9 Combat Questions What is the correlation of forces in this area? What is the OA assessment of this proposed/possible plan? Usually at Bde level Risk? Casualties and equipment losses? Impact of changing ORBAT Update previous assessments given different assumptions/intelligence Very ‘traditional’ military OA Conventional warfare

10 Scenarios UK force Bde or a part of Except for 7 Bde, a ‘light’ force Iraqi force: Up to nominal Div strength Mostly old equipment – T-55 generation Below TOE strength because of poor maintenance Attrited by air before ground battle (but how much?) Largely infantry force in some sectors How hard, and how coherently, will they fight? Much of the Div and Bde planning – and hence OA – for contingencies in which Iraqi formations did fight as such Worst case for potential (short-term) losses Even if unlikely, has to be considered

11 Tools Used Balance Analysis Modelling System (BAMS) Static Scoring Wartime Planning Tool (WPT) Deterministic heterogeneous Lanchester model Simple Model of Infantry Close Combat (SMICC) Duration and outcome distribution of Sect – Coy battle Data from historical analysis For each tool: –Is it a simple model? –Was it used or abused?

12 BAMS Force Value =  (Number of Equipments) x (Equipment Score) Compare total scores for correlation of forces A quick ‘first cut’ method Very quick and simple to use Equipments not previously scored can be added if there are close equivalents Equipment Scores are for ‘contribution to the all-arms battle’ Based on old NATO Central Front Heavy, mechanised forces, Bde and above On borderline of validity with TELIC scenarios –size and composition of forces

13 WPT (1) Deterministic heterogeneous Lanchester model 10 weapon categories, depth fire, AH and FW Attrition rate adjustments for terrain, posture, barriers Data set derived from more detailed modelling BG/Bde battles – with sequencing of units MS Excel implementation –Added personnel casualties calculation –Added unit defeat levels and participation levels Risk and variability by sensitivity testing Adjustment to tank attrition rates for T-55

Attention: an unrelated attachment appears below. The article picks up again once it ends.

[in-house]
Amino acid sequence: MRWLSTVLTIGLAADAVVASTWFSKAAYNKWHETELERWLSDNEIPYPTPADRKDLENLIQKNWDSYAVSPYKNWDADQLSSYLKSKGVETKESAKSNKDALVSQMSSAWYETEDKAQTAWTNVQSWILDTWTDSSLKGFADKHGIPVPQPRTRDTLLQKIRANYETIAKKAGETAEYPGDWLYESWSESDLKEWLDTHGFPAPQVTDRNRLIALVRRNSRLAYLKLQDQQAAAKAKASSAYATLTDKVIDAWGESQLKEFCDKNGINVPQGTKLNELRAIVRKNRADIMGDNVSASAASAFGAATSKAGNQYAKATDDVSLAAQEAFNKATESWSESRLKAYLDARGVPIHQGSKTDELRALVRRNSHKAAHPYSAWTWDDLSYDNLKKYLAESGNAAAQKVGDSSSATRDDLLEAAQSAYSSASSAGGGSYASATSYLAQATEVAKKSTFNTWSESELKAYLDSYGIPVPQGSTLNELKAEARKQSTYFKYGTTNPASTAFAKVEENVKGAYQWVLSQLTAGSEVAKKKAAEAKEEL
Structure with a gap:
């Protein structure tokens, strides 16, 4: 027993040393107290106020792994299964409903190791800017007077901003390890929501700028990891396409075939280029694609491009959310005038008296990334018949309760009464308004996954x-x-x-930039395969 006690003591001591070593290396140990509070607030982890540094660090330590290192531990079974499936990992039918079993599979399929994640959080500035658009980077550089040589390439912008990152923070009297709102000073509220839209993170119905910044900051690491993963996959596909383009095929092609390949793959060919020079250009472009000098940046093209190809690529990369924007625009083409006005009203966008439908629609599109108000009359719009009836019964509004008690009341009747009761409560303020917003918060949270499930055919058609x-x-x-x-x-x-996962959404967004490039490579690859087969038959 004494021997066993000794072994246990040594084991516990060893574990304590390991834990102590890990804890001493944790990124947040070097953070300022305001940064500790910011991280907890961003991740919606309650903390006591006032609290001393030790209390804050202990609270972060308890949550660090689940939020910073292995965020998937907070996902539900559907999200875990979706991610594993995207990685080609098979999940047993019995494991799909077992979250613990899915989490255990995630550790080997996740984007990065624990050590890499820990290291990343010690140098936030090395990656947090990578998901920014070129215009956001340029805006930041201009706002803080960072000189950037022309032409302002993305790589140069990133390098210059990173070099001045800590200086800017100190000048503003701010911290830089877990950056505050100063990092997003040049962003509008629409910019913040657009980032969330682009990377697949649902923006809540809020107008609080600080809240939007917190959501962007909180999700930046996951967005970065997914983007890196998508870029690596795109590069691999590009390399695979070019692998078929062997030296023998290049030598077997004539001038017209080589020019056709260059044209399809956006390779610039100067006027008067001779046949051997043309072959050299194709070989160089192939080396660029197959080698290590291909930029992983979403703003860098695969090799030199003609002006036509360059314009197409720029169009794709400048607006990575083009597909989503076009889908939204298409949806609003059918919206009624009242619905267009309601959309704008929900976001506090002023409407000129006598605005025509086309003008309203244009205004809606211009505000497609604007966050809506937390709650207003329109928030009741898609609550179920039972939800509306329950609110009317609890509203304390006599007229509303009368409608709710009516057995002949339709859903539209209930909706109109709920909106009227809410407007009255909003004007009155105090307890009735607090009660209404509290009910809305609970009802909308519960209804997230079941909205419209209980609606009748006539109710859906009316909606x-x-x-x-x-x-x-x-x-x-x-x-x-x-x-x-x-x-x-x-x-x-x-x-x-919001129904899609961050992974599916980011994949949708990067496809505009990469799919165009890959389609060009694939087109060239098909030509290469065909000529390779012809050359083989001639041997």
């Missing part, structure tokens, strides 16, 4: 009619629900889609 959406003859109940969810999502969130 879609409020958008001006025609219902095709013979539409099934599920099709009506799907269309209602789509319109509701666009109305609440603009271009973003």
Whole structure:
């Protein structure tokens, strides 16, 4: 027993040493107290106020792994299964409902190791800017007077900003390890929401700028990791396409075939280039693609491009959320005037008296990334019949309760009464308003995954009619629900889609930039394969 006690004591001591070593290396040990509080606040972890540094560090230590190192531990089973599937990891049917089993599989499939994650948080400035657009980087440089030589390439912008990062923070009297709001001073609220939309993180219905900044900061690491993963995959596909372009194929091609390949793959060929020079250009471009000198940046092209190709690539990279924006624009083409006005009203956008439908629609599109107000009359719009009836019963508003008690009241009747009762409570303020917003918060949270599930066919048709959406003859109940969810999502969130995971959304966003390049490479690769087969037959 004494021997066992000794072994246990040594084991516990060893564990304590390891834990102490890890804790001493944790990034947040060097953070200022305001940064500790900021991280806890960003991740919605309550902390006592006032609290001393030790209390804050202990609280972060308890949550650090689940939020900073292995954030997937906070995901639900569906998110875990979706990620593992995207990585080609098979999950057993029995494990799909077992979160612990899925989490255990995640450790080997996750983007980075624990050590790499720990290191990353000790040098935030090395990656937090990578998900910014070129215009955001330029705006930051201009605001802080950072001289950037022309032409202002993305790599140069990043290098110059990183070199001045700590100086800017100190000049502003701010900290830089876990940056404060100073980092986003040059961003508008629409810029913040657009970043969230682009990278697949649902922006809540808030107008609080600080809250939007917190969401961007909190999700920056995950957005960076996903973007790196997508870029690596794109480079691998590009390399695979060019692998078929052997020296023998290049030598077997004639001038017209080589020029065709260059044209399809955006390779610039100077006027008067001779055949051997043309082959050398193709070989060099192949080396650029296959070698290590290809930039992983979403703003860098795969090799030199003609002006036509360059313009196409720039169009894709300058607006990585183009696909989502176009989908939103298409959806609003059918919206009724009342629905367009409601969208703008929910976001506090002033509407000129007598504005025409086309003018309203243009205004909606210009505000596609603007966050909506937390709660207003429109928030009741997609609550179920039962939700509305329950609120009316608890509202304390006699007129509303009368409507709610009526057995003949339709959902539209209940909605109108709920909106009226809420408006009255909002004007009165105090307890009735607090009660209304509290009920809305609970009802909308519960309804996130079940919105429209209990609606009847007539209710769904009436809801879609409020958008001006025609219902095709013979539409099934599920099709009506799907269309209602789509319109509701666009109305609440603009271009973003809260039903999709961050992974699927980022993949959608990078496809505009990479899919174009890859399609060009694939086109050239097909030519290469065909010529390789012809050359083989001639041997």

14 WPT (2) A simple model? Simple to use Simple to add facilities around basic model Re-calibration a big task Represents a complex situation – complexity inherent in the aggregations Use and abuse? Battles generally ‘lighter’ than calibration Size and force composition at low end Was T-55 adjustment correct?

15 SMICC (1) Section – Company infantry engagements with armour and artillery support Select values for conditions of battle –Terrain, level of support, defence posture Distribution of battle outcomes, durations, losses Based on historical analysis Implemented in Visual Basic Used for some questions relating to 3 Cdo Bde Would have been used if ‘proper’ wargaming with Bde undertaken

16 SMICC (2) A simple model? Very quick and simple to use Equations and coefficient values complex ‘Black box’ unless substantial additional HA available Use and Abuse? HA based; human factors implicit in equations Used in its intended domain

17 General (1) Op TELIC was at the borders of validity of the tools –Not a comfortable place Saving grace: –UK casualties heavy and battles lost only if Iraqi determination and cohesion at highest level

18 General (2) Models for rapid use in operational HQs must be simple to use Not necessarily simple in structure Analyst must understand the tools thoroughly to avoid abuse Still a need for combat modelling Combat models cannot be improvised Data sets are required Need for scoring systems, model calibrations for high-tech vs lower-tech forces and for light, not armoured forces